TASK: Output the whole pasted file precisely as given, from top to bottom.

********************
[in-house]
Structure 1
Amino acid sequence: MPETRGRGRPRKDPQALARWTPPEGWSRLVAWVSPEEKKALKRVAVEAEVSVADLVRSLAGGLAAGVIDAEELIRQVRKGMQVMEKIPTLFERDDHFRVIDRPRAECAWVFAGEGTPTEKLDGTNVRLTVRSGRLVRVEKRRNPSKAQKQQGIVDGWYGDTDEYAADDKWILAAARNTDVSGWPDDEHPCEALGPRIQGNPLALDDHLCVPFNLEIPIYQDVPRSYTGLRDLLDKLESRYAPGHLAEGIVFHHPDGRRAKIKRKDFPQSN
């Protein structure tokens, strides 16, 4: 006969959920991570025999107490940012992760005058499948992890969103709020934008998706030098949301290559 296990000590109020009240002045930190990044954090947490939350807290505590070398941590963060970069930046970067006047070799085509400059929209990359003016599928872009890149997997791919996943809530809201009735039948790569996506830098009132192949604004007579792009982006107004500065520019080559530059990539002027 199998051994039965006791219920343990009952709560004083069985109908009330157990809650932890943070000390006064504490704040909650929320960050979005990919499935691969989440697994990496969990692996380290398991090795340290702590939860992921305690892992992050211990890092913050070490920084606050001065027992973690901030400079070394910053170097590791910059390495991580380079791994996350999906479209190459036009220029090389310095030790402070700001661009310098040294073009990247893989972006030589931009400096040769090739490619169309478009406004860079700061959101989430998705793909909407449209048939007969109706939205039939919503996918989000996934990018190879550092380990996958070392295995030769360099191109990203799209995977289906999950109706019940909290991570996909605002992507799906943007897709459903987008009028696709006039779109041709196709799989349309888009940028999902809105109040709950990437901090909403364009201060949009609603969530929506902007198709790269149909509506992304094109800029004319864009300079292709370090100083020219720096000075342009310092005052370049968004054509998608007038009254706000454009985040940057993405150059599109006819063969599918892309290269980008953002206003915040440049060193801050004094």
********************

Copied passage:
[in-house]
Structure 1
Amino acid sequence: MPETRGRGRPRKDPQALARWTPPEGWSRLVAWVSPEEKKALKRVAVEAEVSVADLVRSLAGGLAAGVIDAEELIRQVRKGMQVMEKIPTLFERDDHFRVIDRPRAECAWVFAGEGTPTEKLDGTNVRLTVRSGRLVRVEKRRNPSKAQKQQGIVDGWYGDTDEYAADDKWILAAARNTDVSGWPDDEHPCEALGPRIQGNPLALDDHLCVPFNLEIPIYQDVPRSYTGLRDLLDKLESRYAPGHLAEGIVFHHPDGRRAKIKRKDFPQSN
């Protein structure tokens, strides 16, 4: 006969959920991570025999107490940012992760005058499948992890969103709020934008998706030098949301290559 296990000590109020009240002045930190990044954090947490939350807290505590070398941590963060970069930046970067006047070799085509400059929209990359003016599928872009890149997997791919996943809530809201009735039948790569996506830098009132192949604004007579792009982006107004500065520019080559530059990539002027 199998051994039965006791219920343990009952709560004083069985109908009330157990809650932890943070000390006064504490704040909650929320960050979005990919499935691969989440697994990496969990692996380290398991090795340290702590939860992921305690892992992050211990890092913050070490920084606050001065027992973690901030400079070394910053170097590791910059390495991580380079791994996350999906479209190459036009220029090389310095030790402070700001661009310098040294073009990247893989972006030589931009400096040769090739490619169309478009406004860079700061959101989430998705793909909407449209048939007969109706939205039939919503996918989000996934990018190879550092380990996958070392295995030769360099191109990203799209995977289906999950109706019940909290991570996909605002992507799906943007897709459903987008009028696709006039779109041709196709799989349309888009940028999902809105109040709950990437901090909403364009201060949009609603969530929506902007198709790269149909509506992304094109800029004319864009300079292709370090100083020219720096000075342009310092005052370049968004054509998608007038009254706000454009985040940057993405150059599109006819063969599918892309290269980008953002206003915040440049060193801050004094």